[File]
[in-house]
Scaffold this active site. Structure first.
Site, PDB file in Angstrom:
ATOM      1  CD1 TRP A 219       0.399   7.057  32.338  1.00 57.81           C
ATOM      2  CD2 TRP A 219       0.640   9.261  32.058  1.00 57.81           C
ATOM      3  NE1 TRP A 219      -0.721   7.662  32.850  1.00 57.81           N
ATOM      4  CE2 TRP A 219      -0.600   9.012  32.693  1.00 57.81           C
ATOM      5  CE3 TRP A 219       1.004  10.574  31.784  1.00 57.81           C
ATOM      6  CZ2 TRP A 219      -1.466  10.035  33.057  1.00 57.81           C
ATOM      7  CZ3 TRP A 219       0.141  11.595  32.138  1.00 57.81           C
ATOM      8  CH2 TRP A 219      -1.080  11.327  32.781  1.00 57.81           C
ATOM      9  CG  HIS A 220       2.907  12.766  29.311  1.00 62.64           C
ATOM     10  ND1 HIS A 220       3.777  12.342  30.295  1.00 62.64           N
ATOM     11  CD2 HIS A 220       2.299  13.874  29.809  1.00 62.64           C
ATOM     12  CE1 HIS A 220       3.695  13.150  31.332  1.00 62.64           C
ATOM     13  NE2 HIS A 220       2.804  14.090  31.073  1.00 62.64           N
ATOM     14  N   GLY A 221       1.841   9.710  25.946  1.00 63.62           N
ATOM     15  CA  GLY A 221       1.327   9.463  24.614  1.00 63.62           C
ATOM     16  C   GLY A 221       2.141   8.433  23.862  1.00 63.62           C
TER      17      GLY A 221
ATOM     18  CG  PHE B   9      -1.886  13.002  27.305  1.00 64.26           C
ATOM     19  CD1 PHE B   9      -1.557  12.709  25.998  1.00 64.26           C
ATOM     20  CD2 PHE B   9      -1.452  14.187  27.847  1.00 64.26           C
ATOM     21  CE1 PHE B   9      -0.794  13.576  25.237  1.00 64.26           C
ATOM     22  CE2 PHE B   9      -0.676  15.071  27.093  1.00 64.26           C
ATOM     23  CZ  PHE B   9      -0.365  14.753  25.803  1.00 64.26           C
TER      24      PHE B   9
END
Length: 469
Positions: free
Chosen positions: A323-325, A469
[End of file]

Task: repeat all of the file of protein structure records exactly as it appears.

[in-house]
Scaffold this active site. Structure first.
Site, PDB file in Angstrom:
ATOM      1  CD1 TRP A 219       0.399   7.057  32.338  1.00 57.81           C
ATOM      2  CD2 TRP A 219       0.640   9.261  32.058  1.00 57.81           C
ATOM      3  NE1 TRP A 219      -0.721   7.662  32.850  1.00 57.81           N
ATOM      4  CE2 TRP A 219      -0.600   9.012  32.693  1.00 57.81           C
ATOM      5  CE3 TRP A 219       1.004  10.574  31.784  1.00 57.81           C
ATOM      6  CZ2 TRP A 219      -1.466  10.035  33.057  1.00 57.81           C
ATOM      7  CZ3 TRP A 219       0.141  11.595  32.138  1.00 57.81           C
ATOM      8  CH2 TRP A 219      -1.080  11.327  32.781  1.00 57.81           C
ATOM      9  CG  HIS A 220       2.907  12.766  29.311  1.00 62.64           C
ATOM     10  ND1 HIS A 220       3.777  12.342  30.295  1.00 62.64           N
ATOM     11  CD2 HIS A 220       2.299  13.874  29.809  1.00 62.64           C
ATOM     12  CE1 HIS A 220       3.695  13.150  31.332  1.00 62.64           C
ATOM     13  NE2 HIS A 220       2.804  14.090  31.073  1.00 62.64           N
ATOM     14  N   GLY A 221       1.841   9.710  25.946  1.00 63.62           N
ATOM     15  CA  GLY A 221       1.327   9.463  24.614  1.00 63.62           C
ATOM     16  C   GLY A 221       2.141   8.433  23.862  1.00 63.62           C
TER      17      GLY A 221
ATOM     18  CG  PHE B   9      -1.886  13.002  27.305  1.00 64.26           C
ATOM     19  CD1 PHE B   9      -1.557  12.709  25.998  1.00 64.26           C
ATOM     20  CD2 PHE B   9      -1.452  14.187  27.847  1.00 64.26           C
ATOM     21  CE1 PHE B   9      -0.794  13.576  25.237  1.00 64.26           C
ATOM     22  CE2 PHE B   9      -0.676  15.071  27.093  1.00 64.26           C
ATOM     23  CZ  PHE B   9      -0.365  14.753  25.803  1.00 64.26           C
TER      24      PHE B   9
END
Length: 469
Positions: free
Chosen positions: A323-325, A469